- Morin DP, Manzo MA, Pantlin PG, Verma R, Bober RM, Krim SR, Lavie CJ, Qamruddin S, Shah S, Soto JDT, Ventura H, Price-Haywood EG
- Coronavirus disease 2019 (COVID-19) has high infectivity and causes extensive morbidity and mortality. Cardiovascular disease is a risk factor for adverse outcomes in COVID-19, but baseline left ventricular ejection fraction (LVEF) in particular has not been evaluated thoroughly in this context. We analyzed patients in our state's largest health system who were diagnosed with COVID-19 between March 20 and May 15, 2020. Inclusion required an available echocardiogram within 1 year prior to diagnosis. The primary outcome was all-cause mortality. LVEF was analyzed both as a continuous variable and using a cutoff of 40%. Among 396 patients (67 +/- 16 years, 191 [48%] male, 235 [59%] Black, 59 [15 %] LVEF <= 40%), 289 (73%) required hospital admission, and 116 (29%) died during 85 +/- 63 days of follow-up. Echocardiograms, performed a median of 57 (IQR 11- 122) days prior to COVID-19 diagnosis, showed a similar distribution of LVEF between survivors and decedents (P = 0.84). Receiver operator characteristic analysis revealed no predictive ability of LVEF for mortality, and there was no difference in survival among those with LVEF <= 40% versus >40% (P = 0.49). Multivariable analysis did not change these relationships. Similarly, there was no difference in LVEF based on whether the patient required hospital admission (56 +/- 13 vs 55 +/- 13, P = 0.38), and patients with a depressed LVEF did not require admission more frequently than their preserved-LVEF peers (P = 0.87). A premorbid history of dyspnea consistent with symptomatic heart failure was not associated with mortality (P = 0.74). Among patients diagnosed with COVID-19, pre-COVID-19 LVEF was not a risk factor for death or hospitalization.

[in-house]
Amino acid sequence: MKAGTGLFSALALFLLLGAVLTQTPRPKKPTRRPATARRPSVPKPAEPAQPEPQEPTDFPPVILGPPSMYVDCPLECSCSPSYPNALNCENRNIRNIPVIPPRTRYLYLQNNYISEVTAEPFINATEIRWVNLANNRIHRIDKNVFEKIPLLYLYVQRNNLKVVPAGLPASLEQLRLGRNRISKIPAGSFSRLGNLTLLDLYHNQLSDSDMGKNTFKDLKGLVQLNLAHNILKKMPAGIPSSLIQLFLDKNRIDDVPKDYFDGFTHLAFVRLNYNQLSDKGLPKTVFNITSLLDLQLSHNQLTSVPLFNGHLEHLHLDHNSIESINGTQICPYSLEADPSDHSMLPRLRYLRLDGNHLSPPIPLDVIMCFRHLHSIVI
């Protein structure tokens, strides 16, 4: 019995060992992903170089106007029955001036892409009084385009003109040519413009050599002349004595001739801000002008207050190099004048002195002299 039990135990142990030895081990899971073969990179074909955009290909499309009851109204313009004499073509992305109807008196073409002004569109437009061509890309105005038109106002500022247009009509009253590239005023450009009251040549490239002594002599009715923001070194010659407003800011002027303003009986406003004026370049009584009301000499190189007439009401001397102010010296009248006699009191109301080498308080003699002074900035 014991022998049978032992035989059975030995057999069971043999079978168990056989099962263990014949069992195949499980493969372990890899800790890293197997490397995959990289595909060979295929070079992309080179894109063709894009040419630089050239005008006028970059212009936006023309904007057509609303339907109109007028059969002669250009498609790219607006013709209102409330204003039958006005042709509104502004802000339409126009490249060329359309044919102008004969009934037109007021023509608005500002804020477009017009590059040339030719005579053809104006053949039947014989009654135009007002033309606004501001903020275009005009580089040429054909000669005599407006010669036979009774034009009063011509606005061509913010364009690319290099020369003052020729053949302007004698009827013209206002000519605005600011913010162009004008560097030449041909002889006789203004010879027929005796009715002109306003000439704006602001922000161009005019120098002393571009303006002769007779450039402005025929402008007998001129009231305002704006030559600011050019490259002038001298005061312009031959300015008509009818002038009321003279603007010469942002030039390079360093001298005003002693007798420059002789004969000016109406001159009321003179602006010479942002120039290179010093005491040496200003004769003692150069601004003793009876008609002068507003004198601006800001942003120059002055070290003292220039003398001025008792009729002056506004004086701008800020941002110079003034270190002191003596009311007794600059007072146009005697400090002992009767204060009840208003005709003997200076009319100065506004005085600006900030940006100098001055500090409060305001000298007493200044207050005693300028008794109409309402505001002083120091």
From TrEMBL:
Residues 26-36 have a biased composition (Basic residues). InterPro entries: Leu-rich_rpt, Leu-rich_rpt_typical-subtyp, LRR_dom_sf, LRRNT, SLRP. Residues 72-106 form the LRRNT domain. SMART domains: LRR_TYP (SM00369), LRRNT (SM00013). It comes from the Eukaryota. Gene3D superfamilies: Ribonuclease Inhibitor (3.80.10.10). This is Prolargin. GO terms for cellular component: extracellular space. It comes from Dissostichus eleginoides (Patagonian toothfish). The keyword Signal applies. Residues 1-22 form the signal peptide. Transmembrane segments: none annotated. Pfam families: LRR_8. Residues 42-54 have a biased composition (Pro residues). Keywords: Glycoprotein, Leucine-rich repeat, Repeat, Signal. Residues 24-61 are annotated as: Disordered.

- Current Problems in Cardiology Journal
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